Indian Journal of Microbiology

, Volume 59, Issue 4, pp 490–499 | Cite as

Construction of a Lactobacillus plantarum Strain Expressing the Capsid Protein of Porcine Circovirus Type 2d (PCV2d) as an Oral Vaccine

  • Yi-Han Tseng
  • Cheng-Chu Hsieh
  • Tsun-Yung Kuo
  • Je-Ruei Liu
  • Ting-Yu Hsu
  • Shu-Chen HsiehEmail author
Original Research article


Porcine circovirus type 2 (PCV2) is a pathogenic virus that causes high rates of porcine death, resulting in severe economic losses to the swine industry. In recent years, the prevalence of PCV2d genotype infection in pigs has increased, but most commercially available vaccines were developed against the PCV2a strain and do not ensure complete protection from PCV2d. Here, we first constructed an expression vector for the antigenic ORF2-encoded capsid protein of PCV2d (pLp3050-His6-tag-capsid). We then utilized Lactobacillus plantarum to express the protein at mucosal sites in orally vaccinated mice. After transducing L. plantarum with pLp3050-His6-tag-capsid, the expressed protein could be found in cell wall and cell-free supernatant fractions by Western blotting. Using flow cytometry, we found that L. plantarum cells with surface-displayed capsid protein increased with time after SppIP induction. Finally, mice that were orally immunized 18 times with capsid-expressing L. plantarum showed increased levels of capsid-specific sIgA and virus neutralizing activity at mucosal sites, suggesting mucosal immunity had been stimulated by the vaccine. Overall, our findings demonstrate the feasibility and utility of a PCV2d-based vaccine, which may be of great value in porcine agriculture.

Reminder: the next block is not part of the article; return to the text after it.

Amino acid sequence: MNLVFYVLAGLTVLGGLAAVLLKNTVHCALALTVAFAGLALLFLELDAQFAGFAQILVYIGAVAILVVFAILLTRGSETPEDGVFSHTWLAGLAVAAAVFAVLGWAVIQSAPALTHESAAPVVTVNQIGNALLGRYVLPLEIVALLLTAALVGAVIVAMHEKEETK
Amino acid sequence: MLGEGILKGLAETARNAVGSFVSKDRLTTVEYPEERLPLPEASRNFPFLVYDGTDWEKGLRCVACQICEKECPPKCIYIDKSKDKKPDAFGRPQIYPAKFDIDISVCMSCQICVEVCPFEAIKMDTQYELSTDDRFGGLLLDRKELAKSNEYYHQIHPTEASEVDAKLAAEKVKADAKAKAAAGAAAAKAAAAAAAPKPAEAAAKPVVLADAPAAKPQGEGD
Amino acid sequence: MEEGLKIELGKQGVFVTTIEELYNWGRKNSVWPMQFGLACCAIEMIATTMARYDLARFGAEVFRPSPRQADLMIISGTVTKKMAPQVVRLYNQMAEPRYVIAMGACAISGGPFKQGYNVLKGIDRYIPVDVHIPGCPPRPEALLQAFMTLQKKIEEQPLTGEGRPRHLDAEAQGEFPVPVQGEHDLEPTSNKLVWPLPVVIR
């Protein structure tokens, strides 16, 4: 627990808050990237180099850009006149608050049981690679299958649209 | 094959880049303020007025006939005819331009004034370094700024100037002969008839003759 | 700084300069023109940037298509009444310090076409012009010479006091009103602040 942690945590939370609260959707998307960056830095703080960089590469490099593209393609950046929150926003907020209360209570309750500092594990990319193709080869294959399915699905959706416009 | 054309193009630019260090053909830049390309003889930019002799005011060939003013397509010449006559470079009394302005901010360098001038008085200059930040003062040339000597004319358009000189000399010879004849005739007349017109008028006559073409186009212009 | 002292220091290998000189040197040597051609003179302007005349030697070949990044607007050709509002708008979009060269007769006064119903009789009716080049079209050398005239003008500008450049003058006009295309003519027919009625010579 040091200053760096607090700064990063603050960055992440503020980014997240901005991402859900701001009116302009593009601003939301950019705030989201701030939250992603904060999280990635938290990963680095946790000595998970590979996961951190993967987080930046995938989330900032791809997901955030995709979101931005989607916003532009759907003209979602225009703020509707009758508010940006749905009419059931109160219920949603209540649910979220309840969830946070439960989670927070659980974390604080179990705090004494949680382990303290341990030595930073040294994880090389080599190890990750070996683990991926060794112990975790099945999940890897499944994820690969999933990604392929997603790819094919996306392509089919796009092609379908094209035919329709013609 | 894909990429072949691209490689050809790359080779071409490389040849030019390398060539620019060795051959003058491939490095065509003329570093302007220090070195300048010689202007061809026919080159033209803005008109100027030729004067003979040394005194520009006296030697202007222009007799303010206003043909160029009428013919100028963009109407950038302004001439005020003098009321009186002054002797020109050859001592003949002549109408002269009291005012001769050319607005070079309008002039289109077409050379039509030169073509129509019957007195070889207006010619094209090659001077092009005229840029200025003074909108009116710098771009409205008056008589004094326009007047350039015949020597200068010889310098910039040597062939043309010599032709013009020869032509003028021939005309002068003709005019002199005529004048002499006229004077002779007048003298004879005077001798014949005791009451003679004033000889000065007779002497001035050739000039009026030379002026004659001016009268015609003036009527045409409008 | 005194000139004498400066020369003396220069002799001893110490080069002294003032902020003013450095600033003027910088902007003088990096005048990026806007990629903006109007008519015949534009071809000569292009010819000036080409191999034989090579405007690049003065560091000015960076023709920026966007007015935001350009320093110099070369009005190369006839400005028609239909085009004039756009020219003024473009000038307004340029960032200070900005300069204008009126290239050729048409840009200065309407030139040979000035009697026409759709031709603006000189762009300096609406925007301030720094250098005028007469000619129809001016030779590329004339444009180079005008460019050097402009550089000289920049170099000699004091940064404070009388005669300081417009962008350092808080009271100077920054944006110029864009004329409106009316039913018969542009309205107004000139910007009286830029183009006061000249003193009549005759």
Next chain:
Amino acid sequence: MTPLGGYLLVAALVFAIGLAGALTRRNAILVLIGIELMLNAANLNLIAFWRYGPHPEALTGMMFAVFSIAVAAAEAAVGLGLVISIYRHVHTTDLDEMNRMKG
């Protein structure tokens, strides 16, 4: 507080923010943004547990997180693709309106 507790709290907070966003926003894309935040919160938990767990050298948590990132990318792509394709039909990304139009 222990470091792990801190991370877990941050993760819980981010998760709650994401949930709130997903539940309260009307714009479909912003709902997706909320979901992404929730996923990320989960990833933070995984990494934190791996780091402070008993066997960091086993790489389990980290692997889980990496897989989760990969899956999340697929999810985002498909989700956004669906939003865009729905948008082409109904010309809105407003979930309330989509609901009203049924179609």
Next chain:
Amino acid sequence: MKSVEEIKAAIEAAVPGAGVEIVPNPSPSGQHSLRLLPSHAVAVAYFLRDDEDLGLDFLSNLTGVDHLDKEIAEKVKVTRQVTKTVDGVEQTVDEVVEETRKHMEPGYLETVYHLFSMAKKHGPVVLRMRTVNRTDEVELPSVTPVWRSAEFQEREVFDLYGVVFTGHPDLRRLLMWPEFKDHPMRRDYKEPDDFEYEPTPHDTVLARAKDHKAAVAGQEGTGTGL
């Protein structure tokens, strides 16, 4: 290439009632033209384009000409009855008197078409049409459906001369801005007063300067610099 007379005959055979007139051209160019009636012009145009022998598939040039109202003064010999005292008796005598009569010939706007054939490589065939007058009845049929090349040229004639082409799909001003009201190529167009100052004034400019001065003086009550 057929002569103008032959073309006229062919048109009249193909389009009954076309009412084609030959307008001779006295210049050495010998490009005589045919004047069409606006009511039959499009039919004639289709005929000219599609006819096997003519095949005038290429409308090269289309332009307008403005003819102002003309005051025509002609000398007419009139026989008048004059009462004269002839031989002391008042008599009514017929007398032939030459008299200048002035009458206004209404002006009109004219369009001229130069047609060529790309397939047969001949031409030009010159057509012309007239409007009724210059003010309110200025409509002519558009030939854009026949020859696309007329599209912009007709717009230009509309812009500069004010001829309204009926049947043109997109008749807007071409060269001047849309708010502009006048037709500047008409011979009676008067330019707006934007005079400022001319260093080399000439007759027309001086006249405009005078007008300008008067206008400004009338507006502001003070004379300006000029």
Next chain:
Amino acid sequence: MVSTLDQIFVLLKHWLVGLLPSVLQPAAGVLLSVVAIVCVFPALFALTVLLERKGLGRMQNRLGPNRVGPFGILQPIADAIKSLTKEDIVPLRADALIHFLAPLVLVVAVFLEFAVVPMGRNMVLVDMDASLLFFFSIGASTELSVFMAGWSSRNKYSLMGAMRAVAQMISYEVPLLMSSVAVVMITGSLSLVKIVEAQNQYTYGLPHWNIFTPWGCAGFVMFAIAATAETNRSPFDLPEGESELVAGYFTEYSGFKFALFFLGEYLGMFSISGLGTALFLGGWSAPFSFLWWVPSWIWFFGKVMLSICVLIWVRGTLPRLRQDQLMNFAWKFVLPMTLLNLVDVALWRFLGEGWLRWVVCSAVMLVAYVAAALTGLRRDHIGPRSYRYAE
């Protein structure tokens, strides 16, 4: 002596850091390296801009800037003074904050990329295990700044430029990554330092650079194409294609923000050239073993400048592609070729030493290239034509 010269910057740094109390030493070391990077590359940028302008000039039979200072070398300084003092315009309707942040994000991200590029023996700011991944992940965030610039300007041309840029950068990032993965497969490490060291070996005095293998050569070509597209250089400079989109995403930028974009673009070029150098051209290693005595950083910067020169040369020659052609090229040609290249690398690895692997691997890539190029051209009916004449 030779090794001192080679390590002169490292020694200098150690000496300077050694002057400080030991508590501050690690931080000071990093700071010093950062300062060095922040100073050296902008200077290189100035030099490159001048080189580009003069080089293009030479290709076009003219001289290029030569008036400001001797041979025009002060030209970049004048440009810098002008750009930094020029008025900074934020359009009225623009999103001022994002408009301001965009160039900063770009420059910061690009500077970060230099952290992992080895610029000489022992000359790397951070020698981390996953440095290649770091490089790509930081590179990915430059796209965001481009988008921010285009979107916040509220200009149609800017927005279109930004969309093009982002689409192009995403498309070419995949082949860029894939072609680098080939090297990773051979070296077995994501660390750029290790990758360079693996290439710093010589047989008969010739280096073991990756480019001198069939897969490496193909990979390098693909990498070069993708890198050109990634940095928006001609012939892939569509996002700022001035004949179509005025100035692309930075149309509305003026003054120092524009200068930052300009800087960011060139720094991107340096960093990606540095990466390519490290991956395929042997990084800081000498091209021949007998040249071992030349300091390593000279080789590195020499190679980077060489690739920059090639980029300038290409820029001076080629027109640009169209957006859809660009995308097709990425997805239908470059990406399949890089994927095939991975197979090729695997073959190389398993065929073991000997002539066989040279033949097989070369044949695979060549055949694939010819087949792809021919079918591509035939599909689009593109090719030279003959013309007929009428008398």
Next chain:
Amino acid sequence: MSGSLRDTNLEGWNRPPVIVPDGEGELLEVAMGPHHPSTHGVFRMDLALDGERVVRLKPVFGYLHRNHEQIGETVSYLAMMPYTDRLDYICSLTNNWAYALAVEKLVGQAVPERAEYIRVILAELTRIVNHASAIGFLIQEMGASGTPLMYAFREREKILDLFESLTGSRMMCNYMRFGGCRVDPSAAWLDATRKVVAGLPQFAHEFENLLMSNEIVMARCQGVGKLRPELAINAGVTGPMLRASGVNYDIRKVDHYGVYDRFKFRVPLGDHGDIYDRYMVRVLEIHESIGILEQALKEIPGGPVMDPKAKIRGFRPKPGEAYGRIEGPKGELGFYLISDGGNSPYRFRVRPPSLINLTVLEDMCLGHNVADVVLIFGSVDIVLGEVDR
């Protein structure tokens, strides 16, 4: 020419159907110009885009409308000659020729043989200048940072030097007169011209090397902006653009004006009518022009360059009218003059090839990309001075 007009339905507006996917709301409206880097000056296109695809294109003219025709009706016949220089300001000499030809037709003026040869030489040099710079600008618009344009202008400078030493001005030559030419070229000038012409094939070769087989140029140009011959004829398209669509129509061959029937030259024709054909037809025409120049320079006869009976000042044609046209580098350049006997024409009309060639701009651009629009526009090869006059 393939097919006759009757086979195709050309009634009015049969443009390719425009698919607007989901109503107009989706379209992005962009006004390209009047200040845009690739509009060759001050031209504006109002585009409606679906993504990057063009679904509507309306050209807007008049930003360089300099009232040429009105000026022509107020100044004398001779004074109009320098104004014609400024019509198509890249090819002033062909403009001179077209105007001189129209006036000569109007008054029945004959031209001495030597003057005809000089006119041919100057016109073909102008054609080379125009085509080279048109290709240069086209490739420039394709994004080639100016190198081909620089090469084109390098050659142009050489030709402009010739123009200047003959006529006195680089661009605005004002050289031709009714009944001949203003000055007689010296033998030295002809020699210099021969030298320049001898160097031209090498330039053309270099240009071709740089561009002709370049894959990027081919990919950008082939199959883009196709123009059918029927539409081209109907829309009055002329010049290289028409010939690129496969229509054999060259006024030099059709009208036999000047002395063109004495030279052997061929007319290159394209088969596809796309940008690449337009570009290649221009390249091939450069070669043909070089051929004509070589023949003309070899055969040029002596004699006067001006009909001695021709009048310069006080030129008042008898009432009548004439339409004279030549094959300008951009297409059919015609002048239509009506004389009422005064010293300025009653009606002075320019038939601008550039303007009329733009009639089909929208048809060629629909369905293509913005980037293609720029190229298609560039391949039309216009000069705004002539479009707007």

Capsid protein Lactobacillus plantarum Mucosal immunity Porcine circovirus type 2d sIgA 



We thank Dr. Geir Mathiesen (Norwegian University of Life Sciences, Akershus, Norway) for kindly providing pLp3050 plasmid. This study was supported by the fund from the Ministry of Science and Technology, Taiwan (MOST 106-2320-B-002-041).

Compliance with Ethical Standards

Conflict of interest

The authors declare no conflict of interest associated with this research.

Ethical Approval

This animal experiment was approved by the by the Institutional Animal Care and Use Committee of the National Taiwan University (NTU-IACUC/protocol 125/2013). All procedures performed in studies involving animals were in accordance with the ethical standards of the institution or practice at which the study was conducted.

Supplementary material

12088_2019_827_MOESM1_ESM.docx (109 kb)
Supplementary material 1 (DOCX 108 kb)


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Copyright information

© Association of Microbiologists of India 2019

Authors and Affiliations

  1. 1.Institute of Food Science and TechnologyNational Taiwan UniversityTaipeiTaiwan, ROC
  2. 2.Biologics DivisionAnimal Health Research Institute, Council of Agriculture, Executive YuanNew Taipei CityTaiwan, ROC
  3. 3.Department of Biotechnology and Animal ScienceNational Ilan UniversityYilan CityTaiwan, ROC
  4. 4.Institute of BiotechnologyNational Taiwan UniversityTaipeiTaiwan, ROC
  5. 5.Department of Horticulture and Landscape ArchitectureNational Taiwan UniversityTaipeiTaiwan, ROC

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